Surrey salmon hatchery rebuilding after 2021 flooding

The Semiahmoo Fish and Game Club revealing the details of its new salmon hatchery on Tuesday. As Sarah Chew reports, it’s on higher ground than one that was washed out by flooding last year, and resulted in the loss of 30,000 salmon eggs.

By Sarah Chew

A fish and game club in Surrey is rebuilding after losing 30,000 salmon eggs in the 2021 flooding that hit B.C.

The Semiahmoo Fish and Game Club off of 184 Street saw the flooding sweep over acres of its land, killing the power supply sustaining the fish inside of the building.

“Like a knife in the heart,” Hatchery Manager Roger McRurie told CityNews.

“You know, you’ve done all that hard work to raise them, and you spent hours and hours at the fish fence throwing fish over the fence and counting them, and the work that has gone into raising them…It’s almost like your pets.”

The club has decided to create a new home for its fish operations, which is expected to be completed in 2026. The purpose of the new hatchery will be to continue what the hatchery has done for 40 years: help conserve the local salmon population.

The Little Campbell River at the Semiahmoo Fish and Game Club in Surrey

The Semiahmoo Fish and Game Club in Surrey is looking to rebuild after over 30,000 salmon eggs were wiped out in B.C’s 2021 flooding. (CityNews Image)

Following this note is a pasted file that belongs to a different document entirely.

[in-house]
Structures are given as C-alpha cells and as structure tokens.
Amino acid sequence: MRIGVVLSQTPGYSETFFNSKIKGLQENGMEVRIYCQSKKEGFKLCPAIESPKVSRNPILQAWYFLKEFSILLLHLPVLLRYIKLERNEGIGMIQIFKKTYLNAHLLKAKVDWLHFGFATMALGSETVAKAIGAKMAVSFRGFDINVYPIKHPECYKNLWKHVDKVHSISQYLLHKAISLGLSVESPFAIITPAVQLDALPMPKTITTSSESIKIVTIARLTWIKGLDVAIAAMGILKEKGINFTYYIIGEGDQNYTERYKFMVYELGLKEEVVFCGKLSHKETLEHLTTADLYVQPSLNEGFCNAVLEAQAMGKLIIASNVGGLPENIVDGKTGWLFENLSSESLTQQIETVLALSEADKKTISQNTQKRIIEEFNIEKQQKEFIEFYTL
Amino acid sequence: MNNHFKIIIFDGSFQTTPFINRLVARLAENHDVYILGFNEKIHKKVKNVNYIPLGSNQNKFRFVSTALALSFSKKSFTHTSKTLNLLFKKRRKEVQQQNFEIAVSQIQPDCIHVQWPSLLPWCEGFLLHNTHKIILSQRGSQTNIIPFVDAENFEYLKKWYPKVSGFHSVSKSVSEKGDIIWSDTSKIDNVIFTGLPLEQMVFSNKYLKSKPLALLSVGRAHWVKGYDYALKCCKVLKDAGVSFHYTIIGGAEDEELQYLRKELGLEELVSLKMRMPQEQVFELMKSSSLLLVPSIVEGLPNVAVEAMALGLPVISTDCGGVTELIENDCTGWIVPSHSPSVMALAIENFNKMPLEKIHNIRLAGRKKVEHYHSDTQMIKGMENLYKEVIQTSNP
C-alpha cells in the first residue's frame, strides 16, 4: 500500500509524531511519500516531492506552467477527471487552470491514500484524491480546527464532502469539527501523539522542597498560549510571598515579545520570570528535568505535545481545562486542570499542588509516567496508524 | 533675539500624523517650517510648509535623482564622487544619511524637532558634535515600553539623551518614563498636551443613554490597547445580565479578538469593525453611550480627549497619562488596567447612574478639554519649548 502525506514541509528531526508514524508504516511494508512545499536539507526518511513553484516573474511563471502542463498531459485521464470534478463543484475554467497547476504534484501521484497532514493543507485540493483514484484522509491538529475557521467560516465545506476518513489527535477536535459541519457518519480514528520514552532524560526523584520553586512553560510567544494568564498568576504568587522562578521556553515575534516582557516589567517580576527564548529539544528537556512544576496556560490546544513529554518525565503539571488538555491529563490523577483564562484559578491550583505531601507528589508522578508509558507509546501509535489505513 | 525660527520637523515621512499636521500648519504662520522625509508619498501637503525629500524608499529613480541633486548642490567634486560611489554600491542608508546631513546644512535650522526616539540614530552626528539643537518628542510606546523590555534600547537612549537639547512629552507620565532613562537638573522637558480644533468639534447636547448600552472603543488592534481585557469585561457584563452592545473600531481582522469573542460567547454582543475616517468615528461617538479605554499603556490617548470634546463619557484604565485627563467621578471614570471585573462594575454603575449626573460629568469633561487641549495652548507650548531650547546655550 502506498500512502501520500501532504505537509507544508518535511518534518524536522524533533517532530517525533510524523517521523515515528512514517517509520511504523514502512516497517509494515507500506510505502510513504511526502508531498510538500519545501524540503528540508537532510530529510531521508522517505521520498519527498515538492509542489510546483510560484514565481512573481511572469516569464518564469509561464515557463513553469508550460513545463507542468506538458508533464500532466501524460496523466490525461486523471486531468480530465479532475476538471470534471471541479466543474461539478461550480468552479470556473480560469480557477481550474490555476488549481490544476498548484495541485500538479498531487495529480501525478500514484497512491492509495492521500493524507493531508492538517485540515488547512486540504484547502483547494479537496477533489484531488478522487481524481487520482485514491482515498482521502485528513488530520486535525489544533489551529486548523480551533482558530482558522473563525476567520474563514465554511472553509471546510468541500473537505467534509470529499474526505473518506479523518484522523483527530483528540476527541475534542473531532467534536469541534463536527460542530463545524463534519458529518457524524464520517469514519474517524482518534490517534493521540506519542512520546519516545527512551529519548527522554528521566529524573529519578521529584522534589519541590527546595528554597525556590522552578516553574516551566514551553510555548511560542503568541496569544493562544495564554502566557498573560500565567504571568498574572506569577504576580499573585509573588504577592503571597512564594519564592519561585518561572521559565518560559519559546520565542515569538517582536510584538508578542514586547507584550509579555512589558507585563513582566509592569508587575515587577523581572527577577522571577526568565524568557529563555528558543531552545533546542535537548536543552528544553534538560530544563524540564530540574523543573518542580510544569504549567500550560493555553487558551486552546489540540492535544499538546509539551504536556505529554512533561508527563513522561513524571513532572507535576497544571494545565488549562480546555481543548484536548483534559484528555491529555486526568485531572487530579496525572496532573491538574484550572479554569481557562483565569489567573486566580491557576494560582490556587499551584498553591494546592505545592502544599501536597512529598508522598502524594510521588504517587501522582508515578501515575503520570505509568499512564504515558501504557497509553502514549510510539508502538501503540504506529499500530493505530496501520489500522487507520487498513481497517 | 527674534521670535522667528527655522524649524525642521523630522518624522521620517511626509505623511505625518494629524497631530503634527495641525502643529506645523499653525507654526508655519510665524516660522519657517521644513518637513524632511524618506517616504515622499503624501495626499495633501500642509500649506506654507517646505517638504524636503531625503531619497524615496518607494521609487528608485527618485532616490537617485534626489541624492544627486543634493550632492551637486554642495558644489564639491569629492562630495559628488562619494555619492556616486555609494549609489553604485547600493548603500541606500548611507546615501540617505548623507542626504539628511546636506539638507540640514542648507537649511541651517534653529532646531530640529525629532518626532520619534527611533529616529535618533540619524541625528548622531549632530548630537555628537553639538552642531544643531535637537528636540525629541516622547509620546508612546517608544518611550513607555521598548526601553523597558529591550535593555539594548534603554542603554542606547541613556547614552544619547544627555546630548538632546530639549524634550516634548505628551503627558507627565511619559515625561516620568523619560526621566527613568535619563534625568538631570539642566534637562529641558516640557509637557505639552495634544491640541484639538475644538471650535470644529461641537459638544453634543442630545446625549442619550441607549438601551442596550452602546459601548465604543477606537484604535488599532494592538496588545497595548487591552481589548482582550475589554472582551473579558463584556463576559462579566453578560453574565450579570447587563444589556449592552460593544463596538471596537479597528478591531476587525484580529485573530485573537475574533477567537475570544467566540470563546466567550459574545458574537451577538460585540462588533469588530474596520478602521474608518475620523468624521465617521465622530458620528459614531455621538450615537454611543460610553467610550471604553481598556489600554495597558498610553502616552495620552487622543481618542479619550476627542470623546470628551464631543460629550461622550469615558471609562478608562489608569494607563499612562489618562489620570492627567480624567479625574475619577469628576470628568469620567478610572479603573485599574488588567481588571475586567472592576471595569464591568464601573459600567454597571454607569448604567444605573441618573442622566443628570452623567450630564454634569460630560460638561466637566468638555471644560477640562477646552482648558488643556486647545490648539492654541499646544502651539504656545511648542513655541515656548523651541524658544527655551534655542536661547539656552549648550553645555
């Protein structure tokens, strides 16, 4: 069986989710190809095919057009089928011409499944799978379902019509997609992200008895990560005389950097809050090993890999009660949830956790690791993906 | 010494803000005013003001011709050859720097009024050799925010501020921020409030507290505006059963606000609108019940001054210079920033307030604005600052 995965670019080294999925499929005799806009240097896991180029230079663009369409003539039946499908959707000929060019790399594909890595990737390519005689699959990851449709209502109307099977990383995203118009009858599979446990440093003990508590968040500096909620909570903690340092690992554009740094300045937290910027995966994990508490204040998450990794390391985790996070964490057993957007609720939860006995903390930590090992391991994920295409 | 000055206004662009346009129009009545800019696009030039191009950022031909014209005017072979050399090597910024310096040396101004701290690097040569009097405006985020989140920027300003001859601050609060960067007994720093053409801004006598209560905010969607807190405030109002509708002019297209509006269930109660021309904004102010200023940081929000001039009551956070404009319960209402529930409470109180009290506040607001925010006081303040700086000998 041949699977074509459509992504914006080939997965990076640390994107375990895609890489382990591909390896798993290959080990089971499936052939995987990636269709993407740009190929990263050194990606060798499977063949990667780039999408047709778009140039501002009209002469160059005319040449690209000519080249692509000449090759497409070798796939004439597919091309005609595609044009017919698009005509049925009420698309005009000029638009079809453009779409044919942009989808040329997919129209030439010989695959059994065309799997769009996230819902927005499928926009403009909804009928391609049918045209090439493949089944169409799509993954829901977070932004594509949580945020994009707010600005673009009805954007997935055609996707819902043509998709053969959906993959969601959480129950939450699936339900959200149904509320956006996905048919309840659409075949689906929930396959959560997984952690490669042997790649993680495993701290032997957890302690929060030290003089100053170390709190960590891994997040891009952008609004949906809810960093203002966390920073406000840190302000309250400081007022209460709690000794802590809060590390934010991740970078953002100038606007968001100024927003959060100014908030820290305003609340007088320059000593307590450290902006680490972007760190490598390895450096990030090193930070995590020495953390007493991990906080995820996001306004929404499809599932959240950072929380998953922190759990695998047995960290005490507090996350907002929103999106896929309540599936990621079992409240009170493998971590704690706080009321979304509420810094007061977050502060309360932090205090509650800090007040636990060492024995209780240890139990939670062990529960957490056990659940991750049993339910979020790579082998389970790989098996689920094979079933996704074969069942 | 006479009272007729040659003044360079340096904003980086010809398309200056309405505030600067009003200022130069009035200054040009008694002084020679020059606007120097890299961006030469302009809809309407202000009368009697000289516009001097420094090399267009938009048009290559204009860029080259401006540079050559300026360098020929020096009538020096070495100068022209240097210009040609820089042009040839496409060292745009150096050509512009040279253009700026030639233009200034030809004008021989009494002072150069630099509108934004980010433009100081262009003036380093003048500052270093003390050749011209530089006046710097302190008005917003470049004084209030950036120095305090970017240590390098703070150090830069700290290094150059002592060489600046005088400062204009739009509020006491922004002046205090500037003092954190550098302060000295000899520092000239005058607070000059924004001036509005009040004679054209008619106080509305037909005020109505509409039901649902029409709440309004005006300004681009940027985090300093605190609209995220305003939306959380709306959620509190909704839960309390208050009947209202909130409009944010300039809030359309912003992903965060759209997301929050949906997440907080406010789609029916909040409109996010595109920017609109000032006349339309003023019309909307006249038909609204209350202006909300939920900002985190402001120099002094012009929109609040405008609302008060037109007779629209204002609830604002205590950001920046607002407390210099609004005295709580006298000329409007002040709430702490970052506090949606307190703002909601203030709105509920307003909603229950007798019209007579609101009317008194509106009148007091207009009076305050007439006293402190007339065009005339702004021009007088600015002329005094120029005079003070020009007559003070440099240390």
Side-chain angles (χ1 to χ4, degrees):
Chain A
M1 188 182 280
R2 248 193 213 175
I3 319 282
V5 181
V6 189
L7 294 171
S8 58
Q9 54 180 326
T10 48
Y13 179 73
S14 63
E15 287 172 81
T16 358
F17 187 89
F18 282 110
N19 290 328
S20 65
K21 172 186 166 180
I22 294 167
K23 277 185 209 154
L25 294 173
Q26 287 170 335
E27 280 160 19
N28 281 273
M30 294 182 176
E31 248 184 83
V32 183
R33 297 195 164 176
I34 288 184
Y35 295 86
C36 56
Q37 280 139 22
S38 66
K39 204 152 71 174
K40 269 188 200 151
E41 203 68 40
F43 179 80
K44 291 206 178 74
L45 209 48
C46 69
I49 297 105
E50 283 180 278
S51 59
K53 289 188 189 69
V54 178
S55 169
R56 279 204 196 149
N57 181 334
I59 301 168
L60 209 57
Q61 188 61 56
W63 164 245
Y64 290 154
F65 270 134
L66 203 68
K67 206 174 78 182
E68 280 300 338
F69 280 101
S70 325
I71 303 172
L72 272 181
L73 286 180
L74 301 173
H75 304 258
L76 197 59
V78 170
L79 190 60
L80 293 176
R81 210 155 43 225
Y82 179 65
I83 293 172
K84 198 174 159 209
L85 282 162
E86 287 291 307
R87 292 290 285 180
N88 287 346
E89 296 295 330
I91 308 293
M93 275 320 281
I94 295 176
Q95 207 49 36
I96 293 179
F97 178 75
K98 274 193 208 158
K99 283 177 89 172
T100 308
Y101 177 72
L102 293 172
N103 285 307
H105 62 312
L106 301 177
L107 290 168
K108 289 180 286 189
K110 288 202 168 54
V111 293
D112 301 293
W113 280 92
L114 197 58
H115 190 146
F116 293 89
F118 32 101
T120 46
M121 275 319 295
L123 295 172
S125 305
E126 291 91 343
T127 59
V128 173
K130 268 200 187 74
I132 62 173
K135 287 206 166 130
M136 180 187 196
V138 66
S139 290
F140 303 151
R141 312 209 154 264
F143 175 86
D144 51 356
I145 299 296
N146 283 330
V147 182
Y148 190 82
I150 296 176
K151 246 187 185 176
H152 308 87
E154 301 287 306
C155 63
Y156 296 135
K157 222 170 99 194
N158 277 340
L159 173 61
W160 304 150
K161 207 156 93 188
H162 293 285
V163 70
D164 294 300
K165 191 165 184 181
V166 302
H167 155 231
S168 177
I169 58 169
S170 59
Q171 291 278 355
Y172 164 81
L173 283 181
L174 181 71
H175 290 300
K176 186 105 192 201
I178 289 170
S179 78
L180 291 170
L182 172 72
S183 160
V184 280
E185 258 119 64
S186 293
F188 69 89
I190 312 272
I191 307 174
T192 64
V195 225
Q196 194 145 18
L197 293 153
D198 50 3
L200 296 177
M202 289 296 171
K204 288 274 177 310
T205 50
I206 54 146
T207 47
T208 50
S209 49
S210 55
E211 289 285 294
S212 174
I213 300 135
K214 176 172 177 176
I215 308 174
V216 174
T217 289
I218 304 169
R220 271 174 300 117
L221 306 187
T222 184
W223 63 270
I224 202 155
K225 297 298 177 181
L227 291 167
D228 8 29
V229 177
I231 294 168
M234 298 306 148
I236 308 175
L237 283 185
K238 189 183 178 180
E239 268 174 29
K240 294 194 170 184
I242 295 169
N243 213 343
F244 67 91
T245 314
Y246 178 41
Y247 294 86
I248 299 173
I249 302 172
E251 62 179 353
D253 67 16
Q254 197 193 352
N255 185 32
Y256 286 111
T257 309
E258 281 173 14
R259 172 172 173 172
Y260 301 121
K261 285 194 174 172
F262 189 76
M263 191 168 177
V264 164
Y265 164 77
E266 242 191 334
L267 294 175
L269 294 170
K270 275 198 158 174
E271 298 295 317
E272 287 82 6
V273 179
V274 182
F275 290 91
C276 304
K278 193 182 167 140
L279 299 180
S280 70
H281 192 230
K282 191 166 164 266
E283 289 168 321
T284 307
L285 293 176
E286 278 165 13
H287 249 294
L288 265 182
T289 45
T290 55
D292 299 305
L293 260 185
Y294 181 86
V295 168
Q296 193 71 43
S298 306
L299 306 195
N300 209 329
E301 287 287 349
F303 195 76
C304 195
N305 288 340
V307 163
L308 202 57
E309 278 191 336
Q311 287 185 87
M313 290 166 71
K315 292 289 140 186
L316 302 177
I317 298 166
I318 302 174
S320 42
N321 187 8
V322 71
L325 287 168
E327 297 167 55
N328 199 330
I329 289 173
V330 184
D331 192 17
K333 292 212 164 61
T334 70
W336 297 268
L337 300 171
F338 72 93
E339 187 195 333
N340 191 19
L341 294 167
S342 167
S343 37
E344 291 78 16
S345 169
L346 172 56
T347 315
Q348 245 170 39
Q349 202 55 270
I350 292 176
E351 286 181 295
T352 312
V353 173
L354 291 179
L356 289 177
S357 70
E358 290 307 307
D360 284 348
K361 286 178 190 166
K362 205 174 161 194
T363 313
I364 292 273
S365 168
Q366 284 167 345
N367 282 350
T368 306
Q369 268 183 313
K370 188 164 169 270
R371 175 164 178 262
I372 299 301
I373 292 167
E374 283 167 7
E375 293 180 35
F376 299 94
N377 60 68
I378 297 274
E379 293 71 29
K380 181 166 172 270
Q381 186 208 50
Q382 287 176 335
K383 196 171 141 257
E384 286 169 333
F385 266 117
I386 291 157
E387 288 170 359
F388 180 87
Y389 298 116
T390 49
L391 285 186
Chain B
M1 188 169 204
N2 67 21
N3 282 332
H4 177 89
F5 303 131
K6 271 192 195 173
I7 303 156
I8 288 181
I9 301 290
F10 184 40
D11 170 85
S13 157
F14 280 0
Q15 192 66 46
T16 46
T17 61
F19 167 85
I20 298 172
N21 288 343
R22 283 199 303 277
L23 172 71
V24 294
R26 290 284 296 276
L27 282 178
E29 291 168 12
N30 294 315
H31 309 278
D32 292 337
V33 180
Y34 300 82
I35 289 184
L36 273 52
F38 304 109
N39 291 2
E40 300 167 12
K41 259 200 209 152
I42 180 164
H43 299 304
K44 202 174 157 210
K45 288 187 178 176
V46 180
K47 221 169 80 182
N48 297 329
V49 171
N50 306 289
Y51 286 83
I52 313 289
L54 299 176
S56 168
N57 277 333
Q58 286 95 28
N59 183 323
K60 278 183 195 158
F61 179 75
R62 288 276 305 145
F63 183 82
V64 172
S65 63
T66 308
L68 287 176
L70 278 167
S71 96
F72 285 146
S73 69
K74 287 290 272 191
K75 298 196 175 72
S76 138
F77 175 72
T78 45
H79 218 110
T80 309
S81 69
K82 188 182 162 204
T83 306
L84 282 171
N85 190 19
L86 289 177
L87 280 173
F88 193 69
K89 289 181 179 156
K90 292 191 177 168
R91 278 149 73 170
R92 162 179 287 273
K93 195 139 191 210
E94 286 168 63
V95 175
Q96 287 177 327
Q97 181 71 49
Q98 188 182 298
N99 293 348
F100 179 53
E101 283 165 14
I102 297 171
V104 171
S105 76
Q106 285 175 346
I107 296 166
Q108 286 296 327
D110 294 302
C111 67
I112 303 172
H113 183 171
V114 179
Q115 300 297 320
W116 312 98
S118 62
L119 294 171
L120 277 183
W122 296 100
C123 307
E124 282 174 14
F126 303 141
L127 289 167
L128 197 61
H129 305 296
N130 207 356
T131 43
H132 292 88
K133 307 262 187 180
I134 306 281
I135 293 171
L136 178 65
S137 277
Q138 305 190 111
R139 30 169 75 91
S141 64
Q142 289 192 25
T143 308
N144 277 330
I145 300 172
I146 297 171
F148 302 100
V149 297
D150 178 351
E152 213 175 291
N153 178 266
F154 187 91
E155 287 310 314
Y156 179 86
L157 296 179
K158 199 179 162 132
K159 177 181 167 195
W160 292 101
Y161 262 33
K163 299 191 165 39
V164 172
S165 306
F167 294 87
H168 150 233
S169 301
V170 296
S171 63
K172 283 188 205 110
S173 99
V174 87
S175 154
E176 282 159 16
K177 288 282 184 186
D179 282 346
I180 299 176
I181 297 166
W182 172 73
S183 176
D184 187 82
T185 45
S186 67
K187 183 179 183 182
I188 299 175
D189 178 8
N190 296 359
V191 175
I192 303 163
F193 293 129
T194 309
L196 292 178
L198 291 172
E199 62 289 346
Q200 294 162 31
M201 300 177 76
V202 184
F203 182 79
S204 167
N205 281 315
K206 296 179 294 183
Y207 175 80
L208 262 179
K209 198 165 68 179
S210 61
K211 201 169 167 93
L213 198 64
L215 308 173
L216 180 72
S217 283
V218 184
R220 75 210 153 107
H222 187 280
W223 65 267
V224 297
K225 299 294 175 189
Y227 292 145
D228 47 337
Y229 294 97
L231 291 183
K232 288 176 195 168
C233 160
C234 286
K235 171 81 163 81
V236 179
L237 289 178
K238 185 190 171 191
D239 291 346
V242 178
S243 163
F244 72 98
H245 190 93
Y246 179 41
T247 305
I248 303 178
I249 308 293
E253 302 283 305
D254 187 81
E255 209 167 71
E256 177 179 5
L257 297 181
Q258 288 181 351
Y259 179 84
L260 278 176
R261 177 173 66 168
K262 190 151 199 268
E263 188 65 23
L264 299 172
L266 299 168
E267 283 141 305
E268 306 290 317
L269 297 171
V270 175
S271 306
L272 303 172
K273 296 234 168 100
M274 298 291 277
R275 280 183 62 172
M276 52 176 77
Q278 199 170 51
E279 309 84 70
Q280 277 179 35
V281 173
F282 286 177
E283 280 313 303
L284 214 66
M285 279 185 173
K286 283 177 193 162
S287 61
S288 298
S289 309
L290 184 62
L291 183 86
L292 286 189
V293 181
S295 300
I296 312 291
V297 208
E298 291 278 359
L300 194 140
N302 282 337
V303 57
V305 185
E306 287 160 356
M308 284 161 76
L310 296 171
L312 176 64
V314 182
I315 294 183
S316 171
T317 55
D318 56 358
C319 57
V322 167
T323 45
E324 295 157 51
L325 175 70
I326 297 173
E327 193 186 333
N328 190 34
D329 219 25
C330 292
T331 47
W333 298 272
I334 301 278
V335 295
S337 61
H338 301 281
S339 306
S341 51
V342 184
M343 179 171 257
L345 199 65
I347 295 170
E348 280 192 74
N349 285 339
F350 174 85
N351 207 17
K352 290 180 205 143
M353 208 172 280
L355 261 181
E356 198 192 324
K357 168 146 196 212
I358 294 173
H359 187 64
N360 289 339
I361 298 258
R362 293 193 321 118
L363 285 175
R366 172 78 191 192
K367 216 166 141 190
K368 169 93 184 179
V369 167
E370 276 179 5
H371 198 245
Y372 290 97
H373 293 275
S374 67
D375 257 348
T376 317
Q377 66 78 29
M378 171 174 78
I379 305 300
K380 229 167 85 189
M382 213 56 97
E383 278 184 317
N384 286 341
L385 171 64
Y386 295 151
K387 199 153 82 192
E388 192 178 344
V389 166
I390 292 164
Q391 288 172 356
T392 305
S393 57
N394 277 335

Diana Barkley, president of the hatchery, says it’s quite the process to bulk up the population of the fish.

“We actually take some really healthy salmon and we collect their eggs. We fertilize [the] eggs, we put them in our incubation room until they get to be a certain size, and then we put them in our tanks inside the hatchery building and we feed them until they’re big enough to be released back into the river,” she said.

Diana Barkley feeding fish at the Semiahmoo Fish and Game Club in Surrey

Diana Barkley feeding fish at the Semiahmoo Fish and Game Club in Surrey, which is looking to rebuild after being wiped out in B.C.’s 2021 flooding. (CityNews Image)

But an environmental expert says when it comes to solving the province’s declining salmon stock, hatcheries aren’t enough.

“They’re a Band-Aid sort of targeted intervention when a stock is really depleted,” said Tara Ivanochko, UBC professor of earth, ocean and atmospheric sciences. “But they shouldn’t be seen as the way that we proceed in the long term where we’re providing these hatched fish that will then go in and intermingle with the wild stocks.”

Ivanochko says she’s looking forward to how the B.C. government will come through on its commitment to protecting 30 per cent of land mass by 2030.

The Semiahmoo club, however, has smaller fish to fry. McRurie says the new hatchery will help them bring salmon levels back up in the Little Campbell River.

“Historically, if a river floods out or washes out, they lose that year of salmon or the fry. But salmon are very resilient. And they’ll come back,” he said.

Top Stories

Top Stories

Most Watched Today